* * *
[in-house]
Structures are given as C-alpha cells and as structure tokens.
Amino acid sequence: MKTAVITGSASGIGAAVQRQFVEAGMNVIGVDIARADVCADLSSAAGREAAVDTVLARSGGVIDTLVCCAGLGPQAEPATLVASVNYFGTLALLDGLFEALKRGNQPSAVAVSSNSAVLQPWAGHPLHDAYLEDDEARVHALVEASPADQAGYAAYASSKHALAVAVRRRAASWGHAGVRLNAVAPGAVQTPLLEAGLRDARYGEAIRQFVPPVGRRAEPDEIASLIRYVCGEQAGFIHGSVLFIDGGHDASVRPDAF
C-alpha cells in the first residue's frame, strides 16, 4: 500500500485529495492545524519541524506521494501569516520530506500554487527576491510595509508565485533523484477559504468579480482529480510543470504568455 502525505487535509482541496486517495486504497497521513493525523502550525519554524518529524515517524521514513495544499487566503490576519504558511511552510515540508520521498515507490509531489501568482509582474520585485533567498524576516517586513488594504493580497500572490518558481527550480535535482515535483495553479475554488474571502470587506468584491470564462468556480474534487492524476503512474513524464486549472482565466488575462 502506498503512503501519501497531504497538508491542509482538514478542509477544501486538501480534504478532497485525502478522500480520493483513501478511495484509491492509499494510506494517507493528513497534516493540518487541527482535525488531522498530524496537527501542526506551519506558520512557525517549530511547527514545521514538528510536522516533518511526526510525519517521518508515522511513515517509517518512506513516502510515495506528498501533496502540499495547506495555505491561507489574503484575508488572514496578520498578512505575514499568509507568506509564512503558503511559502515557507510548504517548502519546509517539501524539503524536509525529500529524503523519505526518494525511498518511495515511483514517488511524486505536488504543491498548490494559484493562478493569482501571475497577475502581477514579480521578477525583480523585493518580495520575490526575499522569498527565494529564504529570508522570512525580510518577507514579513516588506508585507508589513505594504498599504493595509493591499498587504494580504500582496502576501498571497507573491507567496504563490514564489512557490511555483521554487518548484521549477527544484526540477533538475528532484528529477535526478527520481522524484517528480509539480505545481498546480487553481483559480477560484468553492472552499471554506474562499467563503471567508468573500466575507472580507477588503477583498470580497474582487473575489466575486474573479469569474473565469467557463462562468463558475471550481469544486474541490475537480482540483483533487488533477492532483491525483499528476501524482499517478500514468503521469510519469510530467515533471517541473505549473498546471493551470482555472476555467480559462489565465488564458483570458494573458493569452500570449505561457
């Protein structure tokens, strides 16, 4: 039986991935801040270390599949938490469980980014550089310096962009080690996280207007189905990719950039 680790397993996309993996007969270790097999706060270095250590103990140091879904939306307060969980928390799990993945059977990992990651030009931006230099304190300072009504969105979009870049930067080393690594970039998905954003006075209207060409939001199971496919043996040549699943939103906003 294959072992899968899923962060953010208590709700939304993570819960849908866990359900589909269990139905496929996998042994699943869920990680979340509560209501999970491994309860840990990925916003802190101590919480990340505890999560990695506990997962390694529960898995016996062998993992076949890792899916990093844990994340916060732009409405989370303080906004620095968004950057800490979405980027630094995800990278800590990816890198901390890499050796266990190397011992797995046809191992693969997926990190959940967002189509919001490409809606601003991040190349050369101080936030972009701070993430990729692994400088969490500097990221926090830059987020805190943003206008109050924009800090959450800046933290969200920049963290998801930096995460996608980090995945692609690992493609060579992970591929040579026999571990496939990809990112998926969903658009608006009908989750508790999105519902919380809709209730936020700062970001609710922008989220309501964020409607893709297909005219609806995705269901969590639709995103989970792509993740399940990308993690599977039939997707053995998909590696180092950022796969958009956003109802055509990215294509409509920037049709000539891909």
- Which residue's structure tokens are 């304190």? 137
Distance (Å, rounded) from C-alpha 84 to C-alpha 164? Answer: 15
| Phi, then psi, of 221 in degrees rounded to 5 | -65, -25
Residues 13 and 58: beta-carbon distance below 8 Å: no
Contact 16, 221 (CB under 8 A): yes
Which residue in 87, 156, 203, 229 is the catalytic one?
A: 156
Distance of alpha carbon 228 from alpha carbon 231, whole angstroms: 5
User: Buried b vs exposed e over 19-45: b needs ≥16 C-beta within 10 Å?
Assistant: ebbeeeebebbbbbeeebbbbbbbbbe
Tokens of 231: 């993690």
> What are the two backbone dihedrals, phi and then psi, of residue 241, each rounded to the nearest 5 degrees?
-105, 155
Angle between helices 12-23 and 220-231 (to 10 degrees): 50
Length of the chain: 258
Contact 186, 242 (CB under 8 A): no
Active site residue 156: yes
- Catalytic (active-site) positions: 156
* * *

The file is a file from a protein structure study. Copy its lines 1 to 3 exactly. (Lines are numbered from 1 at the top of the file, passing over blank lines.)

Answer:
[in-house]
Structures are given as C-alpha cells and as structure tokens.
Amino acid sequence: MKTAVITGSASGIGAAVQRQFVEAGMNVIGVDIARADVCADLSSAAGREAAVDTVLARSGGVIDTLVCCAGLGPQAEPATLVASVNYFGTLALLDGLFEALKRGNQPSAVAVSSNSAVLQPWAGHPLHDAYLEDDEARVHALVEASPADQAGYAAYASSKHALAVAVRRRAASWGHAGVRLNAVAPGAVQTPLLEAGLRDARYGEAIRQFVPPVGRRAEPDEIASLIRYVCGEQAGFIHGSVLFIDGGHDASVRPDAF